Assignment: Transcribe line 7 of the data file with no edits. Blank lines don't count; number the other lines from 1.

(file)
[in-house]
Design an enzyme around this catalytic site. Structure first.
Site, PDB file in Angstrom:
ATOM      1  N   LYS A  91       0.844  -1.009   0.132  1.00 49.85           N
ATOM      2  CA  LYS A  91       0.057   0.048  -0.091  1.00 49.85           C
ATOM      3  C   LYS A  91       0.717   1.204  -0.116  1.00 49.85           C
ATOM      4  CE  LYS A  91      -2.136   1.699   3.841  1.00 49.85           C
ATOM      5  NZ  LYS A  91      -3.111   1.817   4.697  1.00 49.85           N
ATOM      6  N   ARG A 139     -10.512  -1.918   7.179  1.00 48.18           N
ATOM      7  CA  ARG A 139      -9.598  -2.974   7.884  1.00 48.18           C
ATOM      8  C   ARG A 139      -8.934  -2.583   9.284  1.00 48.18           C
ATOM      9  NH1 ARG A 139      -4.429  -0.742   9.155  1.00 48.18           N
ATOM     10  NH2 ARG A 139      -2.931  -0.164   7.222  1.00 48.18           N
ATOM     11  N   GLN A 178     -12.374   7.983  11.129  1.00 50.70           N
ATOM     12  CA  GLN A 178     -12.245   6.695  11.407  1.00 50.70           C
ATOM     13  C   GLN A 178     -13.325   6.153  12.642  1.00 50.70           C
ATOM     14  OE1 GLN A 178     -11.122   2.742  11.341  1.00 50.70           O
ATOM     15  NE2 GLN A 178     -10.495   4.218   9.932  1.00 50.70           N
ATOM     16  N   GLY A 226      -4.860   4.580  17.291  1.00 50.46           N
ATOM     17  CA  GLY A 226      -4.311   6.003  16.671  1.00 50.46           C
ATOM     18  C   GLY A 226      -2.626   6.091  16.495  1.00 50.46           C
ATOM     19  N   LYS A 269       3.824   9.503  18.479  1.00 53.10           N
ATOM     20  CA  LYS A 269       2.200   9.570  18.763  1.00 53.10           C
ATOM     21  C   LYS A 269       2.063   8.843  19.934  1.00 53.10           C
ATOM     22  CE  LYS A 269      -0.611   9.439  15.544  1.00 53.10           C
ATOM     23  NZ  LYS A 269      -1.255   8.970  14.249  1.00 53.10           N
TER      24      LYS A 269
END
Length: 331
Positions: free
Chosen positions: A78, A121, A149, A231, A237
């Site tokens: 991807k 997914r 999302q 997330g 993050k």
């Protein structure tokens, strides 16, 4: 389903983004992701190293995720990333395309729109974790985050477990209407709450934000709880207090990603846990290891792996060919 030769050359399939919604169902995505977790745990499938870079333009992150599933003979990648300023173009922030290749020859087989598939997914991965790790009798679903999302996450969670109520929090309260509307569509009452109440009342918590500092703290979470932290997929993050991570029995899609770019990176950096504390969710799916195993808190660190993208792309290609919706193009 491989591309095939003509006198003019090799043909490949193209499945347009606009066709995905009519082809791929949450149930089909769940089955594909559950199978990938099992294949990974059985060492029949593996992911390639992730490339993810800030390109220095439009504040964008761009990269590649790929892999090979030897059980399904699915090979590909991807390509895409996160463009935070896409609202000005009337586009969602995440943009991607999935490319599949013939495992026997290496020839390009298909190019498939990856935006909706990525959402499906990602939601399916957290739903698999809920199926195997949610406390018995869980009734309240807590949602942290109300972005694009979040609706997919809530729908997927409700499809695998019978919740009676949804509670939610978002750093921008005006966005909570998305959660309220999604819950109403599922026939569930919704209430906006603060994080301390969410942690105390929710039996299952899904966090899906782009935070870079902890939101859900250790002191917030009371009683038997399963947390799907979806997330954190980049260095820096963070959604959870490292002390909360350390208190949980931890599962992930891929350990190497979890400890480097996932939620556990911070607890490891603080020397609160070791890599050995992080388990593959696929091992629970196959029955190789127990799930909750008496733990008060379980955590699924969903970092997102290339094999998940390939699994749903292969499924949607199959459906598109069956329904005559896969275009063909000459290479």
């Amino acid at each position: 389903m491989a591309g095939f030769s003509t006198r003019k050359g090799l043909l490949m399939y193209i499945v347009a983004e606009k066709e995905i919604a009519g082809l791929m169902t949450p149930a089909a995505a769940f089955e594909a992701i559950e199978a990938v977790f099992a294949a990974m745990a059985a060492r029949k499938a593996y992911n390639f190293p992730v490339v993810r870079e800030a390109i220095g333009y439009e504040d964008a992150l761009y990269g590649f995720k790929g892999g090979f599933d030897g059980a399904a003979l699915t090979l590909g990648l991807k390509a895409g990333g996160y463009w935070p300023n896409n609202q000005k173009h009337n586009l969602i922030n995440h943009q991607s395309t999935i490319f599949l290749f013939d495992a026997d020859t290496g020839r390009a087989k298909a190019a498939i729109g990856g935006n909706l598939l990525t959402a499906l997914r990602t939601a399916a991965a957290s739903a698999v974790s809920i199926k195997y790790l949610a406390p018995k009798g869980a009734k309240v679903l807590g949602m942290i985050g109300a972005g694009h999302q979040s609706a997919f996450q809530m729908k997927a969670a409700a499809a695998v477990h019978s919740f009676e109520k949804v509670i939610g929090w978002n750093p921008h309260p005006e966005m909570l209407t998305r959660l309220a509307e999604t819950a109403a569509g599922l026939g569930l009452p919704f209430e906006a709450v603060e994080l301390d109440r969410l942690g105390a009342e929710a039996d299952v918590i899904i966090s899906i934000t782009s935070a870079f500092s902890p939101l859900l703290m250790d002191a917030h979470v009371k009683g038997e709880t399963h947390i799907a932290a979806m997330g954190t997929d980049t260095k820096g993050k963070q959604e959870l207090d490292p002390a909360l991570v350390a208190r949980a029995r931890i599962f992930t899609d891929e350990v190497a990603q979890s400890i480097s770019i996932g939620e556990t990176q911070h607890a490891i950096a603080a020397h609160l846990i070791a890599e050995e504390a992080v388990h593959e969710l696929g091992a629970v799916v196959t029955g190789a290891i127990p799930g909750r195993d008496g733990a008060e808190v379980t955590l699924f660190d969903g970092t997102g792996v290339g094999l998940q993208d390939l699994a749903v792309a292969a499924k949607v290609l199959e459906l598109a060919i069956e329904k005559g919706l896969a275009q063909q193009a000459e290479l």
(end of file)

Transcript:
ATOM      4  CE  LYS A  91      -2.136   1.699   3.841  1.00 49.85           C